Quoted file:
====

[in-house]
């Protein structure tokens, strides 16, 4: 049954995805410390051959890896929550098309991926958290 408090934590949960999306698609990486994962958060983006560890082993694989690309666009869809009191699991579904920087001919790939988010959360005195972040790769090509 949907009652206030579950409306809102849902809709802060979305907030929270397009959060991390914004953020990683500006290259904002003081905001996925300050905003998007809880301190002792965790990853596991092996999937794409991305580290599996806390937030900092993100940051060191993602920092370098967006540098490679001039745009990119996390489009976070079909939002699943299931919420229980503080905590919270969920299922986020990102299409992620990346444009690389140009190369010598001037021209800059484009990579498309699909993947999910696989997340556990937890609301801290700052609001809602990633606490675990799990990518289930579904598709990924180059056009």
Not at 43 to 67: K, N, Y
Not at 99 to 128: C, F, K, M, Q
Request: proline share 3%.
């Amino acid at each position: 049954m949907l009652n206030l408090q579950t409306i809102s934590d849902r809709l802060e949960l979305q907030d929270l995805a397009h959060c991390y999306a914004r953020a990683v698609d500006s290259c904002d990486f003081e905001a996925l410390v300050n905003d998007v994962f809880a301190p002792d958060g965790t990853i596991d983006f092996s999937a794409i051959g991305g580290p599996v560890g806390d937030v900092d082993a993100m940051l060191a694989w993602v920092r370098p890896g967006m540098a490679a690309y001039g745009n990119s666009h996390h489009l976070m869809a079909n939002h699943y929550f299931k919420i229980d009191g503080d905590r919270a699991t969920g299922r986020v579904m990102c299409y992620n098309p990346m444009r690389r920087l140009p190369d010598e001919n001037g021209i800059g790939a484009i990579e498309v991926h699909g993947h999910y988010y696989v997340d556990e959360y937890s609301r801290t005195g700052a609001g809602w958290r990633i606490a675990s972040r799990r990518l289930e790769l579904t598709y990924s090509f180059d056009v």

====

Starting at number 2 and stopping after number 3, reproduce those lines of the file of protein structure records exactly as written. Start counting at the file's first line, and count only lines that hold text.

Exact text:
């Protein structure tokens, strides 16, 4: 049954995805410390051959890896929550098309991926958290 408090934590949960999306698609990486994962958060983006560890082993694989690309666009869809009191699991579904920087001919790939988010959360005195972040790769090509 949907009652206030579950409306809102849902809709802060979305907030929270397009959060991390914004953020990683500006290259904002003081905001996925300050905003998007809880301190002792965790990853596991092996999937794409991305580290599996806390937030900092993100940051060191993602920092370098967006540098490679001039745009990119996390489009976070079909939002699943299931919420229980503080905590919270969920299922986020990102299409992620990346444009690389140009190369010598001037021209800059484009990579498309699909993947999910696989997340556990937890609301801290700052609001809602990633606490675990799990990518289930579904598709990924180059056009």
Not at 43 to 67: K, N, Y